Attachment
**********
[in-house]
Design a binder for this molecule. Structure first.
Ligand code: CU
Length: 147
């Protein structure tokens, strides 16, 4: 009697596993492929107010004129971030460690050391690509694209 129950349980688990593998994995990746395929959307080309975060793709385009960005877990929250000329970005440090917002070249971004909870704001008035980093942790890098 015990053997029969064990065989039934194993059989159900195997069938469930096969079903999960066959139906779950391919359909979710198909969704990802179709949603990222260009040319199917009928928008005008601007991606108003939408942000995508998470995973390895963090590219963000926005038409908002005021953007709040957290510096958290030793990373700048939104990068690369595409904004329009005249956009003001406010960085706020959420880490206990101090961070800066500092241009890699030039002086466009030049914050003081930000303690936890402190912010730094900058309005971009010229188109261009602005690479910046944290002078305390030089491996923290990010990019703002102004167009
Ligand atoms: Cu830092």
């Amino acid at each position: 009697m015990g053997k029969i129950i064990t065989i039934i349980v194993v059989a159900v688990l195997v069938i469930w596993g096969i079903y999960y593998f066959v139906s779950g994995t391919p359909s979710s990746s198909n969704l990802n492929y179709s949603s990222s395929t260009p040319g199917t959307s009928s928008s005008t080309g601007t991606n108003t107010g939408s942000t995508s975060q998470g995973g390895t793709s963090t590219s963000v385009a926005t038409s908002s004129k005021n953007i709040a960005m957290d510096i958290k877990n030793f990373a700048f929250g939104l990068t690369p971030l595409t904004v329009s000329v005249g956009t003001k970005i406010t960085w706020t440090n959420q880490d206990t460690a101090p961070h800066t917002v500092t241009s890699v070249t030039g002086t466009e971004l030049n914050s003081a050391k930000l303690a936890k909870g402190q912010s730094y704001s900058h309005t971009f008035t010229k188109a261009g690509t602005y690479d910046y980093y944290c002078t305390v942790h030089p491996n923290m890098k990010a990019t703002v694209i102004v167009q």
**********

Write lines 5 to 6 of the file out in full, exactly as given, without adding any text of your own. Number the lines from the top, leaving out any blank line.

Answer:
């Protein structure tokens, strides 16, 4: 009697596993492929107010004129971030460690050391690509694209 129950349980688990593998994995990746395929959307080309975060793709385009960005877990929250000329970005440090917002070249971004909870704001008035980093942790890098 015990053997029969064990065989039934194993059989159900195997069938469930096969079903999960066959139906779950391919359909979710198909969704990802179709949603990222260009040319199917009928928008005008601007991606108003939408942000995508998470995973390895963090590219963000926005038409908002005021953007709040957290510096958290030793990373700048939104990068690369595409904004329009005249956009003001406010960085706020959420880490206990101090961070800066500092241009890699030039002086466009030049914050003081930000303690936890402190912010730094900058309005971009010229188109261009602005690479910046944290002078305390030089491996923290990010990019703002102004167009
Ligand atoms: Cu830092």